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Modernization of agriculture and villages to gather pace

WEI HOUKAI | 2020-12-02 | Hits:
(Chinese Social Sciences Today)


Presently, the goal of building a moderately prosperous society in all aspects and winning the battle against poverty is about to be achieved. China's modernization is inseparable from agricultural and rural modernization. Since 1949, China's rural economic development has had following phases and experience.

Development stages
The reform and opening up in 1978 was a watershed event for China's rural economic development. The academic circle still debates how to divide development stages in China's rural areas from 1984 through the present. The year 2002 serves as an important node in which the priority of rural reformative development moved from rural construction toward a balance between urban and rural areas. Therefore, China’s rural economy since 1949 has undergone three development stages featuring collectivization (1949-1978), marketization trend (1979-2002), and urban-rural integration (2003 to present). 
The collectivized development stage began around the 1950s, when there was a radical inequality in rural people's land ownership. To improve the situation, the Agrarian Reform Law of the People's Republic of China was implemented on June 30, 1950. After that, massive land reforms took place in such new liberated regions as eastern, southwestern and northwestern  China. National grain output grew by 44.8% between 1949 and 1952. 
In 1953, the central government put forward a roadmap for the transition period—after the fundamental tasks of land reform had been fulfilled. Completing socialist industrialization and the socialist transformation of agriculture, handcrafts, capitalist industry and commerce was expected to take the country a long time. During this period, the rural economy developed at a slow pace.
Starting from 1978, China entered a new historical period of reform and opening up and socialist modernization, and this is referred to as the market-oriented development stage. China's reforms started in the countryside. From 1979 to 2002, its rural reforms were concentrated within rural areas, focusing on giving rural people more autonomy in management, to push marketized reforms in multiple fields based on a sharpened rural basic management system. 
During this period, several factors provide immense support to and institutional security for the rural economy, including the establishment of a two-tier management system that combined centralized and decentralized management on the basis of household contractual management, the rise of township enterprises, and reforms to pricing and circulation fields.  
These marketized reforms activated farmers' tremendous enthusiasm for production, stimulated rural developmental vigor, and effectively boosted the rural economy. From 1979 through 2002, the disposable income per capita of rural households increased by 7.3% each year, an increase rate 0.6 percentage points higher than that of urban households.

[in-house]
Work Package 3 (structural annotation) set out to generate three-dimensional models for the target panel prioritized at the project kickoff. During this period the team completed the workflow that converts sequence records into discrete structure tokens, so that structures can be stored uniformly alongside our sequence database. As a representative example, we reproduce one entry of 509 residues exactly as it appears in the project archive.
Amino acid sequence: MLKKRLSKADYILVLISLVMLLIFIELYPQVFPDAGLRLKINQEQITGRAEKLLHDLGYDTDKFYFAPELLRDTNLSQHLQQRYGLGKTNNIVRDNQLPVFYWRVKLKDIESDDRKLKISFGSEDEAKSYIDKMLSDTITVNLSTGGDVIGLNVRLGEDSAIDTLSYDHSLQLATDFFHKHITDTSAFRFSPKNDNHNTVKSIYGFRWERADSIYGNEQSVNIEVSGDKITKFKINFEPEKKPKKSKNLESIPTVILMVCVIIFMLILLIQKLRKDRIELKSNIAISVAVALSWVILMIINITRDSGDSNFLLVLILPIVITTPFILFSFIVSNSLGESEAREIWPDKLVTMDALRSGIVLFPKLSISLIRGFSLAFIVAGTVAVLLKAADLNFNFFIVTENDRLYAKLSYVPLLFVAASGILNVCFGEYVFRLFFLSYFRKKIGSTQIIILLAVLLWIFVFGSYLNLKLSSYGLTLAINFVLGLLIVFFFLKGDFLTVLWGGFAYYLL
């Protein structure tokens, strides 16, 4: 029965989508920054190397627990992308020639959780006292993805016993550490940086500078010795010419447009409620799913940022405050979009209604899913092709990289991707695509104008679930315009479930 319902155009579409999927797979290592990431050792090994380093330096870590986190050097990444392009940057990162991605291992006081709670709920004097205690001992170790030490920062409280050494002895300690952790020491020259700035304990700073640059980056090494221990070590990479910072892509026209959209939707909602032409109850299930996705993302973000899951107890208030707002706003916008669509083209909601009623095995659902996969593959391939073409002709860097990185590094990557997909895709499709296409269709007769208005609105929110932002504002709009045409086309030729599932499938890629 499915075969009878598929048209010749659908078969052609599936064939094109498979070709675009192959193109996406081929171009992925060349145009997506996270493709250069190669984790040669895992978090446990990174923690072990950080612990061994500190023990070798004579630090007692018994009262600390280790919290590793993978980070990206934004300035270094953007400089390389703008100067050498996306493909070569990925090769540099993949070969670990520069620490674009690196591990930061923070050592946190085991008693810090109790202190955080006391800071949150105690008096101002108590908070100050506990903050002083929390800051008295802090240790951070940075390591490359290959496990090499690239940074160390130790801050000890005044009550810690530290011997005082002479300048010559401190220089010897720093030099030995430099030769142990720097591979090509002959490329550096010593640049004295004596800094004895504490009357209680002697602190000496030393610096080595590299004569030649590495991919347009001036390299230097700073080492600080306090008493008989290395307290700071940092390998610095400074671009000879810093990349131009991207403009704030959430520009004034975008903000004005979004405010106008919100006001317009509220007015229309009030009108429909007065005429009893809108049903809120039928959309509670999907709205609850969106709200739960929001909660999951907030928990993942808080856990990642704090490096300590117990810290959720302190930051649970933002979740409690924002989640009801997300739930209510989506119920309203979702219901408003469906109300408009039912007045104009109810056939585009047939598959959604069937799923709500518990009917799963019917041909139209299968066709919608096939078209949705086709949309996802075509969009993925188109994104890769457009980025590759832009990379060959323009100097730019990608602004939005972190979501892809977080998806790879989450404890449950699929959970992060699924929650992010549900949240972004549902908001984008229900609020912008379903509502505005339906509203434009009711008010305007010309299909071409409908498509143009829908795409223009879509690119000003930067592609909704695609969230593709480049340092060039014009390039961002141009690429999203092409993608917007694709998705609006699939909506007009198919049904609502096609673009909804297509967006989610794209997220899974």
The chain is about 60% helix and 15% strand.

Since 2003, China's rural development has moved into a new stage featuring urban-rural integration fueled by the deepening of reform and opening up, and the urbanization process. The country launched into building socialist new villages, poverty alleviation, and a rural vitalization strategy. It introduced a wide range of favorable policies targeting rural people, including the abolition of agricultural taxes and improvement of agricultural support and protection systems. Rural economic development broadened its scope as it started to deal with urban-rural relations. Its central tasks included comprehensive deepening of rural reforms, adjustment of the national income distribution structure, increasing rural people’s income, poverty reduction, urban-rural integration and coordination. 
During this period, rural people's incomes sustained a rapid growth, and rural poverty reduction work achieved outstanding results. From 2003 to 2019, the disposable income of rural households per capita raised by 8.2% each year, an increase rate 0.3 percentage points higher than that of urban households.
Achievements and experience
Today, China's agricultural economy signals sustainable growth, the agricultural industry structure has undergone constant optimization, and the integration of primary, secondary, and tertiary industries has gained momentum. Meanwhile, agricultural technology and equipment have made great strides, and profound changes have taken place in agricultural production methods. 
In 1949, the country's contribution rate of sci-tech progress in agriculture was under 20%, and it reached 27% in the early stage of the reform and opening up. By 2019, the metric surged to 59.2%. Regarding farming production methods, in most cases, animal and human power has been replaced by labor-saving machinery. Recently, the comprehensive mechanization rate of crop cultivation and harvest in China exceeded 70%, while its mechanization rate in the agricultural sector was 19.7% back in 1978.